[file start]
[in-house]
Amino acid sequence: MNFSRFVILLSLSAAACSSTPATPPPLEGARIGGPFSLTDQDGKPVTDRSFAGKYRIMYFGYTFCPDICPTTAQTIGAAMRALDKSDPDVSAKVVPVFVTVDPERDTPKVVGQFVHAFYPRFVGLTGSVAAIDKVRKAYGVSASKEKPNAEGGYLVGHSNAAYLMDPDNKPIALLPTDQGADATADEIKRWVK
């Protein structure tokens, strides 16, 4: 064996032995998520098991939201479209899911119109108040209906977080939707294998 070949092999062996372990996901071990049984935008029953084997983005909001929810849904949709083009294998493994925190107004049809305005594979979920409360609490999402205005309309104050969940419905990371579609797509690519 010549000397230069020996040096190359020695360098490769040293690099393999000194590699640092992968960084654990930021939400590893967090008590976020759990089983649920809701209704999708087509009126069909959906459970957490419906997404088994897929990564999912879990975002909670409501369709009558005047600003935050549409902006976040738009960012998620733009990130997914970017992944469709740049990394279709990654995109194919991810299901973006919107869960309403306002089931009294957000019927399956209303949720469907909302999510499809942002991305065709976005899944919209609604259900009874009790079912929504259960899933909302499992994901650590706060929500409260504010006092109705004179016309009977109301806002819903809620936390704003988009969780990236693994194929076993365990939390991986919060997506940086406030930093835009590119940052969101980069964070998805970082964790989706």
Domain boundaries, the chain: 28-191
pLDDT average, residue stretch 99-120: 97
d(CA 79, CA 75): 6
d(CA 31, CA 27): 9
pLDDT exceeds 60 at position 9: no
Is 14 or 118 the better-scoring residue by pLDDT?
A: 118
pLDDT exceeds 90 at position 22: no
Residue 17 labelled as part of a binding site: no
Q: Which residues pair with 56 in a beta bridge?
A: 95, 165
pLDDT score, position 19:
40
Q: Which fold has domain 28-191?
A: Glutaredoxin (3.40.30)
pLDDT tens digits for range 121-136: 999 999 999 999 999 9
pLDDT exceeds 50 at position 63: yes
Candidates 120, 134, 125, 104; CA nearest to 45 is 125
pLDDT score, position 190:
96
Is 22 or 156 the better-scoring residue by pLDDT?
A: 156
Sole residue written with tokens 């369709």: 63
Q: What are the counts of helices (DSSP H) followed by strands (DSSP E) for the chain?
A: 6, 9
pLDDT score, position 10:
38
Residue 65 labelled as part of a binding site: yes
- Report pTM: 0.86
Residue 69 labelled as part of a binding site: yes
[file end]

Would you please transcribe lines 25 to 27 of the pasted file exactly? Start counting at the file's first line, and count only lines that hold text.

A: 156
Sole residue written with tokens 């369709």: 63
Q: What are the counts of helices (DSSP H) followed by strands (DSSP E) for the chain?